Although times are not business-as-usual, organizations have figured out how to operate within the new normal. An impact of the pandemic that is complicating matters for human services organizations is the loss of typical methods of funding and revenue generating services that may often be used in crisis situations. This has left agencies scrambling to ensure there are resources for those that need them, while staying afloat themselves.
Faith-based organization donations from collections have reduced since services aren’t being held, and various events and fundraisers that often generate significant income are also cancelled. Other programs that have registrant fees associated with them, such as the Youthful Offenders Program , a drug and alcohol diversion program, are also not currently operating as result of the pandemic.
To ensure that community members have access to services, agencies are coming together and pooling what they have available, looking for additional funding, and advocating for clients. Leanne remarked that for organizations to provide individuals with essential needs, there’s going to have to be more funding.
As organizations continue to operate within this new normal, there are lingering questions abound. Will there be enough volunteers? What will happen when the eviction moratorium ends? Are there enough resources for those who need them? How long will we need to sustain this?
Playing the long-game
Healthy team dynamics, trust, communication, and transparency have played a significant role in Centre Helps’ resiliency and ability to sustain during the prolonged and ambiguous nature of the pandemic including the constant shifts in information, resources, and concerns.
The staff and volunteers of Centre Helps, a majority of whom are Penn State students, have been flexible and able to adapt to the new normal. Responding to calls, logging updated resources, communicating in GroupMe, and scouring social media are part of the regular routine of providing the most up-to-date details to callers. The information intake is constant, and is ever-changing.
While helping others, helpers themselves are also experiencing loss, change, and are grieving what normalcy had existed for them. To prevent helper-fatigue and burnout, Leanne is creating opportunities for helpers to come together and unload . She is also encouraging people to take a day off when they need it. She acknowledges that in order to help others you must first take care of yourself.
What does moving forward look like?
The pandemic will have long-term downstream social and economic impacts which continue remain unseen. As Pennsylvania begins to move into the yellow phase of reopening, is there anything actionable we can do to?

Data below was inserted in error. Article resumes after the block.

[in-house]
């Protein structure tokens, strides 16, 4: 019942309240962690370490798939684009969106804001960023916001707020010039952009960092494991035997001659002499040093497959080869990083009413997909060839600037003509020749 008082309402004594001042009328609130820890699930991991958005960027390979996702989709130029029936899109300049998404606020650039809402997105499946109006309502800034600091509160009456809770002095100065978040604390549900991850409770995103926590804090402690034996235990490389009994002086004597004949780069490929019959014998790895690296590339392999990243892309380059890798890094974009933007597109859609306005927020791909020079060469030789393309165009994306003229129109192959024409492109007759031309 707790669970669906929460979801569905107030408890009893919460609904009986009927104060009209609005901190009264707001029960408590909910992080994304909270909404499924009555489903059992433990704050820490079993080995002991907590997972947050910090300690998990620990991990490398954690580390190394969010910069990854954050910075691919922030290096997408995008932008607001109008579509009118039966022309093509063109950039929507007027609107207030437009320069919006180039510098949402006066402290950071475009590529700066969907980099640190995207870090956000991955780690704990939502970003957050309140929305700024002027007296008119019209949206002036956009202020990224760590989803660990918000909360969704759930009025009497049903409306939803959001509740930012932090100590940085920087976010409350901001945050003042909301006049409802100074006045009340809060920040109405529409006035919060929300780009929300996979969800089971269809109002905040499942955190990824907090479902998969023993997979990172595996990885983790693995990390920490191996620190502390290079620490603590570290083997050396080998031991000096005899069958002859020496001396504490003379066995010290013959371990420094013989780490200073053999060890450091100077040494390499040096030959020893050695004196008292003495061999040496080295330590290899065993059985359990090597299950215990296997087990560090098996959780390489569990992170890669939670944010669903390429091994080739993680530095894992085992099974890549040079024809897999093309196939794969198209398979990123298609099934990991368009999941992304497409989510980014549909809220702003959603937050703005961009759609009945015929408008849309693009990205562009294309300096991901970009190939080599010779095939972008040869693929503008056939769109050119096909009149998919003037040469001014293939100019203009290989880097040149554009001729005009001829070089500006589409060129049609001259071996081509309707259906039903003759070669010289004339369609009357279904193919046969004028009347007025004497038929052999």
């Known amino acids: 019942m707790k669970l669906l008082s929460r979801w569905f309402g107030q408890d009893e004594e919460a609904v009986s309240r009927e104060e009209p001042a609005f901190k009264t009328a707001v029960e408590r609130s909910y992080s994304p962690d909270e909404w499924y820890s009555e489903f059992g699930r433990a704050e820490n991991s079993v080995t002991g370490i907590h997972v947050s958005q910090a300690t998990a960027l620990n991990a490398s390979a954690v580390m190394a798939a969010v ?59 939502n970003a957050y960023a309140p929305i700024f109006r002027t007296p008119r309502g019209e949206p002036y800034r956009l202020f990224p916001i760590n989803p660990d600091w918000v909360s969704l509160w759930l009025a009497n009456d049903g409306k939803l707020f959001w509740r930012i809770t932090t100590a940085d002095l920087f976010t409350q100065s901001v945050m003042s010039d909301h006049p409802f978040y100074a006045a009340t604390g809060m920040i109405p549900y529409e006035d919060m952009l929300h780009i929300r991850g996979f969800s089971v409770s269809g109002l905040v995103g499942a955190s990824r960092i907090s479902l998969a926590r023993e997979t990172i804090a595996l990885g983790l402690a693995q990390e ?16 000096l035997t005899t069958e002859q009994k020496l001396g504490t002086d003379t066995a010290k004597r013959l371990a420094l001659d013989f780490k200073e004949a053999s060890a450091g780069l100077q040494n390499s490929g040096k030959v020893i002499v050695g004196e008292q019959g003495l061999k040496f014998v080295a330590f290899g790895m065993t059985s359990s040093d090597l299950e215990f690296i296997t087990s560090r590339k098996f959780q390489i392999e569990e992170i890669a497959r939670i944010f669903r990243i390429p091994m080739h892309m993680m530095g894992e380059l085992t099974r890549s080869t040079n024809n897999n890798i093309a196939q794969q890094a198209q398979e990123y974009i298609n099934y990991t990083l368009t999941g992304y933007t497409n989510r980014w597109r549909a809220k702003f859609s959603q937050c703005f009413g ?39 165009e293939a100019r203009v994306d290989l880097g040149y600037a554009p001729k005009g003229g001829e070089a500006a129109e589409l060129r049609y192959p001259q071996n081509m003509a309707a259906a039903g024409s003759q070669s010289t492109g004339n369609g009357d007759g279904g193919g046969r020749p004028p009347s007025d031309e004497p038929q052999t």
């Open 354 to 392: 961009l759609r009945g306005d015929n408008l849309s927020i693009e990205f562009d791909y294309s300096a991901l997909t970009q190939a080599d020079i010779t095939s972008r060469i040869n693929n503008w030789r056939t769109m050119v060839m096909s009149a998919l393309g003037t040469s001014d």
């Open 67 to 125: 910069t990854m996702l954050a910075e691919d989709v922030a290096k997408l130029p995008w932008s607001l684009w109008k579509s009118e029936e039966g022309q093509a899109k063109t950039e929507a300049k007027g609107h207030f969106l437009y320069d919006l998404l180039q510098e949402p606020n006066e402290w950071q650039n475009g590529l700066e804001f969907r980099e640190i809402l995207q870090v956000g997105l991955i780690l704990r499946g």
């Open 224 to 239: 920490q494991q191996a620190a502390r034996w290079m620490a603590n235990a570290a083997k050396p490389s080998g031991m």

What Leanne and the volunteers and staff at Centre Helps have demonstrated is that when there are unknowns, we can move forward by taking care of ourselves, focusing on what is within our control and what is actionable, and through supporting others. Helping others through small actions contribute to a sense of purpose . We can offer understanding, compassion, and kindness to others as a support mechanism during a time that otherwise may feel overwhelming and directionless.
Opportunities for impact and support
While our experiences of the pandemic are diverse, we can connect through solidarity and support. Below are four small actions you can take to create an impact, and gain a sense of purpose in this time of unknowns.
1. Learn about the experiences of others and the challenges they may be facing
Although learning of the challenges of others can be painful, it helps to give us empathy. Empathy informs better understanding of human beings, enhances our connections, and increases our self-awareness. These traits in turn produce more robust and informed research and policy.
Create opportunities while on the phone, writing an email, at the grocery store, or reading an article to consider how you might respond if you were in the other person’s shoes. What challenges or difficulties might they be experiencing? If you are able, ask them what their experience has been like.
2. Increase awareness of community groups and initiatives
We can make a difference despite distance by staying aware of what is going on in our community, identifying where resources are available, where gaps exist, and talking about these within our circles. You can learn more about Centre County and Pennsylvania human services agencies and initiatives at these related sites: Centre Foundation, Community Safety Net , Council for Human Services,United Way, Pennsylvania 211.
3. Take a moment to take a breath and offer up some kindness
Be kind to yourself, and be kind to others. This is a difficult time, and the impacts of the pandemic are unique to each person; we don’t know what each of us might be dealing with.
Give yourself permission to take time for things that fulfill you, and pay attention to when you are feeling stressed or frustrated. When you are stressed or frustrated take a break by taking a walk, taking a deep breath, or stand up and stretch. These actions reduce stress and prevent knee-jerk reactions which may have their own un-intended ripple effects.
Assume the positive first. That passive-aggressive email is likely not a personal slight, but someone trying to manage. The best thing you can do as a consumer and colleague is be kind. We are all spread thin, and regardless of reason, we all deserve some kindness.
Volunteering your time, knowledge, and skills can make a huge impact. Many non-profits are volunteer based and could use a variety of skills including management, technical, writing, research, design, financial, and more. If you are able to volunteer, there are ways to do so from a distance. The Centre County COVID-19 Community Response (4CR) has an expansive list of ways to help during the COVID-19 Pandemic including Resident-to-Resident Support and opportunities for requesting and offering services.